Regional youth mental health help; is it tragically out of reach?

24 JUNE 2021

Regional youth mental health help; is it tragically out of reach?

As spending increases on youth mental health services, the wellbeing of young people is getting worse, to the degree that suicide is now listed as the leading cause of death for people aged five to 17.

  • Charles Sturt academic argues key to saving young lives is in prevention and early intervention, not just treatment
  • Statistics show youth mental health is worsening in rural and regional areas and suicide rates are increasing
  • Associate Professor Gene Hodgins is calling for more funding and emphasis to be placed on the benefits of help-seeking andreducing the stigma around mental health

A leading Charles Sturt University psychology academic says how we address the wellbeing of young Australians needs to change, because while spending on youth mental health services is increasing, the wellbeing of young people is getting worse.

That’s the view of Charles Sturt University Associate Professor in the School of Psychology Gene Hodgins, who argues more needs to be done, especially in rural areas, to stop the decline of youth mental health.

While the rate of suicide grows with increasing rurality, and service demand from rural young people has increased, recent figures show a relative lack of mental health services in rural areas.

There are 13 psychiatrists per 100,000 people in major cities compared to 3.5 per 100,000 people in regional and remote areas, with similar declining availability of psychologists and mental health nurses.

Professor Hodgins said there is a need for more treatment services, but these services should be more accessible and appropriate for young people.

The statistics are staggering, with suicide listed as the leading cause of death for people aged five to 17 in Australia, with another 100 to 200 attempts for every youth suicide.

One in four young Australians live with mental illness, while more than 40 per cent of Year 12 students report symptoms of anxiety and depression higher than the normal range for their age group.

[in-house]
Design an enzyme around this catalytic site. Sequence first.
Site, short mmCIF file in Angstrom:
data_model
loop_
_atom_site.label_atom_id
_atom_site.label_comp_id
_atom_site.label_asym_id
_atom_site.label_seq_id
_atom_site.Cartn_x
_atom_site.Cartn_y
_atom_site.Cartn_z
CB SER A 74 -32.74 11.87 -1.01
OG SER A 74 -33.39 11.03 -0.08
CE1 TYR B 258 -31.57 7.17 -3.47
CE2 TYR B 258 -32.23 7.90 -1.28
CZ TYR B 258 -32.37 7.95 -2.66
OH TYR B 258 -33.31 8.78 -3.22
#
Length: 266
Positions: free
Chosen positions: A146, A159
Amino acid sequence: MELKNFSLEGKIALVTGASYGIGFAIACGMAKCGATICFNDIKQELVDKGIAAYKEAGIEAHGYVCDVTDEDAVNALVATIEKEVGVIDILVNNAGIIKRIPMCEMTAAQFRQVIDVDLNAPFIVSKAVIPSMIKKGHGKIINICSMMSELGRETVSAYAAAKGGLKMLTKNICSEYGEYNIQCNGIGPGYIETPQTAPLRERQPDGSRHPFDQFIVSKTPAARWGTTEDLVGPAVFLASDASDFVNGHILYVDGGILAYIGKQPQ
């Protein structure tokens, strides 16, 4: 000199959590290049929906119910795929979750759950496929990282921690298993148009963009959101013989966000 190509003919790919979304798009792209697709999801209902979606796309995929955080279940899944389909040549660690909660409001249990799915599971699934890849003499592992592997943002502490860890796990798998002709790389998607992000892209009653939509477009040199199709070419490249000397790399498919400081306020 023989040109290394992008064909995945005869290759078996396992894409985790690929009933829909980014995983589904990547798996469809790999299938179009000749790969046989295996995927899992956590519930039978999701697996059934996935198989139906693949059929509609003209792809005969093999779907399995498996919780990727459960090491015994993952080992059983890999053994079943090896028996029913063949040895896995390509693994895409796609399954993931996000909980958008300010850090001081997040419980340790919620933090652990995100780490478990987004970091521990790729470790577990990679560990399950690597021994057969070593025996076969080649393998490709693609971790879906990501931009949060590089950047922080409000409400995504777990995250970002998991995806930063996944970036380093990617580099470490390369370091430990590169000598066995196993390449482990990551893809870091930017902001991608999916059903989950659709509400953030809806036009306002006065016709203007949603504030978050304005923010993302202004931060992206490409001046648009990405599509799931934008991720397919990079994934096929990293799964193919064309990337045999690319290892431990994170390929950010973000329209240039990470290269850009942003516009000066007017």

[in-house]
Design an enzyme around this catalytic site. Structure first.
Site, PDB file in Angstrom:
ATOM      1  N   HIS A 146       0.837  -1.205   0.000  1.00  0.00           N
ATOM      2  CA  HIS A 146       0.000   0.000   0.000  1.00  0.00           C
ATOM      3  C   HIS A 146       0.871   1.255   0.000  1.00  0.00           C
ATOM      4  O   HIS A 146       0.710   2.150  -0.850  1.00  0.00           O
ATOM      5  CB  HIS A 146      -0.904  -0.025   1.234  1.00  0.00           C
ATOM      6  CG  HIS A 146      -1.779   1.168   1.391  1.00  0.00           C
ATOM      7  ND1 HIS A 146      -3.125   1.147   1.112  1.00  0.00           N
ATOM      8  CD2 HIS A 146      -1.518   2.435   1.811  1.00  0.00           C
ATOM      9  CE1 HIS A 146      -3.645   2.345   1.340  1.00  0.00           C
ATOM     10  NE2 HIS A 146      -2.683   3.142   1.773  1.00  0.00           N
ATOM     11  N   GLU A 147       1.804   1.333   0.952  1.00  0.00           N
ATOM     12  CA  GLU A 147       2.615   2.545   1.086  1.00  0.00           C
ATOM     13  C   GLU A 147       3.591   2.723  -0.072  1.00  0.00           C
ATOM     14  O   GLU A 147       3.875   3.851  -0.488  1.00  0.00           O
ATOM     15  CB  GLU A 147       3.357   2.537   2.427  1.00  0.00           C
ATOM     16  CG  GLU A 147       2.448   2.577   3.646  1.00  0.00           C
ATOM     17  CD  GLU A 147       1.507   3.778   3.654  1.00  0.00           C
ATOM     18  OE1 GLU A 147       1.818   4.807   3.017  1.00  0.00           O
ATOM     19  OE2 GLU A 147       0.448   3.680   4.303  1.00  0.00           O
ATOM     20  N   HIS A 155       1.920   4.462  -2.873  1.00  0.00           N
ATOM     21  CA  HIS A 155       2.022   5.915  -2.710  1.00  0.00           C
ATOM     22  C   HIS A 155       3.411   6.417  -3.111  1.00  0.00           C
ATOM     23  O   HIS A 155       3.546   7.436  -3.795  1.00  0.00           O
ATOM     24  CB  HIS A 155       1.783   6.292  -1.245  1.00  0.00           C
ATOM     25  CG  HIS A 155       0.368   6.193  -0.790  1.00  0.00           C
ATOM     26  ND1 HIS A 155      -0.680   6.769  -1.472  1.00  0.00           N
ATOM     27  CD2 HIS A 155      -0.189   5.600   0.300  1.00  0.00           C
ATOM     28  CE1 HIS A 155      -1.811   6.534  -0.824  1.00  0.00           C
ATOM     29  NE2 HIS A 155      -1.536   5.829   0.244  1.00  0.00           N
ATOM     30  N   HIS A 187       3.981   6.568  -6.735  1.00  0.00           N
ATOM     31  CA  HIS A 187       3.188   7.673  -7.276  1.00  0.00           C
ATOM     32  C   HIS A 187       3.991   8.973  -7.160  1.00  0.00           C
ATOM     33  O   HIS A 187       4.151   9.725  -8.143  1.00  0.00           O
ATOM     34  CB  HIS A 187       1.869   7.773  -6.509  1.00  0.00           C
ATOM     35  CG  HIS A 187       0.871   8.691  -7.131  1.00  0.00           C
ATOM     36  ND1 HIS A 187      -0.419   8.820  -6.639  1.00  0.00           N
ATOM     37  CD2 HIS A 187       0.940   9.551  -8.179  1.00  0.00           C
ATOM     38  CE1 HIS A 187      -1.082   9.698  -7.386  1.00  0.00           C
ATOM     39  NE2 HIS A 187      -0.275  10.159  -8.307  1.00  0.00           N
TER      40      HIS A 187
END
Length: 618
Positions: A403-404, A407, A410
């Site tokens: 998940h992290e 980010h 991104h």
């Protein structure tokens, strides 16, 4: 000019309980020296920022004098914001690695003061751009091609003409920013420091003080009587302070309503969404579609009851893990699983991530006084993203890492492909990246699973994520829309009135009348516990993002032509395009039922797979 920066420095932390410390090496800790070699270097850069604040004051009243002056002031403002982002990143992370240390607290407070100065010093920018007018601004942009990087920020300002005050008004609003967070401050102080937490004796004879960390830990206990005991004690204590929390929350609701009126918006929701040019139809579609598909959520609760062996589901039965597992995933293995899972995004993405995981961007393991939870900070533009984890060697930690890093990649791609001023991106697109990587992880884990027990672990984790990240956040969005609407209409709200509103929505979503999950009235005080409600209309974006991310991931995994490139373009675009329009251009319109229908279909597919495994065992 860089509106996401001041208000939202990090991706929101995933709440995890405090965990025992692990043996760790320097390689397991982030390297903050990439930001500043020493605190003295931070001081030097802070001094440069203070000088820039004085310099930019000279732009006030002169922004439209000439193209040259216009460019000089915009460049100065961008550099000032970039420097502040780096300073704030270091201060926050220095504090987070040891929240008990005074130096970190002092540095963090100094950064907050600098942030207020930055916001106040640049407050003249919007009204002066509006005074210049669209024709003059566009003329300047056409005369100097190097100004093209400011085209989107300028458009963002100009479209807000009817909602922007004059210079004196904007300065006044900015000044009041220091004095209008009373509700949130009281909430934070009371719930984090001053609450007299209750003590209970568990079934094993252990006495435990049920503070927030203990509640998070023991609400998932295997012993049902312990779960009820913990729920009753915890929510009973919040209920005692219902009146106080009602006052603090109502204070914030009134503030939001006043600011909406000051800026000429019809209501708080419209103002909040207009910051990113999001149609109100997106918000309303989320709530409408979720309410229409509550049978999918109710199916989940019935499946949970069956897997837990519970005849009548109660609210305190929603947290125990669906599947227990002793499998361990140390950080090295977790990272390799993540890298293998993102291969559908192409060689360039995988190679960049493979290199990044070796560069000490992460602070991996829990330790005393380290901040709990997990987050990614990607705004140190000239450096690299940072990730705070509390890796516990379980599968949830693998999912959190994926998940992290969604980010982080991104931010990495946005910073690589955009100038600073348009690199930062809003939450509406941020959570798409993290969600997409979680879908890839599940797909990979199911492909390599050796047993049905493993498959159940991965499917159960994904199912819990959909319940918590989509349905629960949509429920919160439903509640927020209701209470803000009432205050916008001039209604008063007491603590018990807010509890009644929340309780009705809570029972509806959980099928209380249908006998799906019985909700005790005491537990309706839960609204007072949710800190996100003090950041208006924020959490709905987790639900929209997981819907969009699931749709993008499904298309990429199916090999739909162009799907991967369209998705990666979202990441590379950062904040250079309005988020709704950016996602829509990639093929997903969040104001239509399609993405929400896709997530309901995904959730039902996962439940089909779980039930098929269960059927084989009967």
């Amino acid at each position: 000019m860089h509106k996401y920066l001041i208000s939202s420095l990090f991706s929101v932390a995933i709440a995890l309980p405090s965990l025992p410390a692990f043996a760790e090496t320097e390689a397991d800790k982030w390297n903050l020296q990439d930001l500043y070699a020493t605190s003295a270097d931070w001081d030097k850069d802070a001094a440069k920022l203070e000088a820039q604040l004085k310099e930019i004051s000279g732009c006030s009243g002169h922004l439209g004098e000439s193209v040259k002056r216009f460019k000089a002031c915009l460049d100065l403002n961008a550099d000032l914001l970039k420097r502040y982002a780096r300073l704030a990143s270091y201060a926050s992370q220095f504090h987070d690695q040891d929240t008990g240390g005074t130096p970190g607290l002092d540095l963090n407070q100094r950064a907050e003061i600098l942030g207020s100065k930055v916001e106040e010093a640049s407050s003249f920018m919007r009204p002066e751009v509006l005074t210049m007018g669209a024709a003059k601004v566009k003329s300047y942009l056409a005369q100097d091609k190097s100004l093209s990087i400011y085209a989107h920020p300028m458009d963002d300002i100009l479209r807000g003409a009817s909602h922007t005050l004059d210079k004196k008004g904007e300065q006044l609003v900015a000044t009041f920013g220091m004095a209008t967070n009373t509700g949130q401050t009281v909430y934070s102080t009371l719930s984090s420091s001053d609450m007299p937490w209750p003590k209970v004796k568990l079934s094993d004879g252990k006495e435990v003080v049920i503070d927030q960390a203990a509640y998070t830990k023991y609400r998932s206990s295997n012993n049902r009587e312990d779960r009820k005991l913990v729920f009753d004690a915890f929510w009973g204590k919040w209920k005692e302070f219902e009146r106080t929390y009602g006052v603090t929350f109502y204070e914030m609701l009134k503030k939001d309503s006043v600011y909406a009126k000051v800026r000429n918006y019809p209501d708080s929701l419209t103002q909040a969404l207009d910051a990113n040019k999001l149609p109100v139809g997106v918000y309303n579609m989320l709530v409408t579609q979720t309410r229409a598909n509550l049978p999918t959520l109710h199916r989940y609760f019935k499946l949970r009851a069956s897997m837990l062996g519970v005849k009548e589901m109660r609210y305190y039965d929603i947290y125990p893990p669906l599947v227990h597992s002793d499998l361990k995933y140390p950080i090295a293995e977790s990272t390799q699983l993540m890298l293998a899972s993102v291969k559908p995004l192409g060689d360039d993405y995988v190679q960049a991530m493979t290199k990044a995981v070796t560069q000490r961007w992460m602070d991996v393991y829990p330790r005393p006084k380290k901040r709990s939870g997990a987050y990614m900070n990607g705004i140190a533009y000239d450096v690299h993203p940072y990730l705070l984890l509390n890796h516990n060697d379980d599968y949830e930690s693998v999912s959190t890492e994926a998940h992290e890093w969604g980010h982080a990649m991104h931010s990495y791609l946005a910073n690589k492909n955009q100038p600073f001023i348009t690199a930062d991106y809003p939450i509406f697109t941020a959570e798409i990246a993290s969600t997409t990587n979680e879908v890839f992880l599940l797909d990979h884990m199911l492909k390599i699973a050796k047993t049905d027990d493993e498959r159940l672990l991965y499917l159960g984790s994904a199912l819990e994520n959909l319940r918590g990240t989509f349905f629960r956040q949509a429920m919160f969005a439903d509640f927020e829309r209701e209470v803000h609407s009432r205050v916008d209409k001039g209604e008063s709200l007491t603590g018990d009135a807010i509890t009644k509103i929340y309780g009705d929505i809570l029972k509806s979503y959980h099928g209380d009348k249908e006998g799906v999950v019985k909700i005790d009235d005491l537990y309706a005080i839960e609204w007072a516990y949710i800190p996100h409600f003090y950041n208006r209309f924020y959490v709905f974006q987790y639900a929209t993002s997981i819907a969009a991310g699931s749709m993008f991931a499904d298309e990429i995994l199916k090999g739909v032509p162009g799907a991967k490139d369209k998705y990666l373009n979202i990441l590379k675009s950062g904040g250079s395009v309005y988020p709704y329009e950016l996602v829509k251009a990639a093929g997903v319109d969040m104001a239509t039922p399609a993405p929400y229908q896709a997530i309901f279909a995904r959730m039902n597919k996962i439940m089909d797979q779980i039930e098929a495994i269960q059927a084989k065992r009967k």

This year’s federal budget committed to increased spending on the youth headspace program, suicide prevention and support, the establishment of child mental health and wellbeing hubs, and the expansion of digital mental health services. The recent NSW state budget announced funding for child and adolescent ‘Safeguards’ mental health response teams.

Professor Hodgins said this is a welcome continuation of increased spending on adult and youth mental health services over the past 20 years, but it is not enough.

“Such a focus on treatment is clearly not enough, as over the same period the mental health of Australians has not improved – the suicide rate has increased and the mental health of young people has worsened,” he said.

Three out of four young people with mental health disorders are not seeking help and Professor Hodgins said lack of access to services, especially in rural and regional Australia, is partly to blame.

“For a young person living in rural areas, there can be little-to-no knowledge about what mental health services are available,” he said.

“Even those services that do exist can seem out of reach due to a myriad of social, economic and geographical barriers.”

Professor Hodgins and a colleague recently conducted research into the barriers to seeking help for rural Australian adolescents.

Findings indicated poor help-seeking attitudes were related to self-stigma, risk of disclosure and social visibility.

Professor Hodgins said emphasising the benefits of help-seeking might reduce the stigma and increase the number of adolescents seeking treatment.

“But most importantly, with 50 per cent of people who experience mental illness experiencing their first episode before the age of 14, we need to pivot towards more emphasis on prevention and early intervention,” he said.

“Mental health issues need to be addressed early before they develop into more significant problems for young people. Warning signs of potential psychological issues include: a change from normal mood or behaviour, social withdrawal, changes in academic performance, ongoing sadness or worries, loss of interest in things they used to enjoy.

“Ultimately if we want young people to develop resilience, the community should rethink how it views young people and how it engages with them.

“Young people need public spaces and opportunities where they feel included, valued and able to express themselves. We also need to involve young people more in mental health support planning and the mental health workforce.”

Professor Hodgins said young people’s mental health must also be a priority of schools and universities, as an important point of intervention for promotion of good mental health and wellbeing, as well as for the prevention of mental illness and early recognition and response when someone is experiencing mental distress.

The safety and wellbeing of staff and students is a priority at Charles Sturt, which has a range of services and programs that can be accessed via the University website.

If you or someone you know needs help, contact:

Lifeline on 13 11 14

Kids Helpline on 1800 551 800

or the University’s after-hours support line on 1300 572 516 or text 0480 087 002.

Media Note:

Media note: For more information or to arrange interviews with Associate Professor Gene Hodgins, contact Lisa Ditchfield at Charles Sturt Media on mobile 0417 125 975 or

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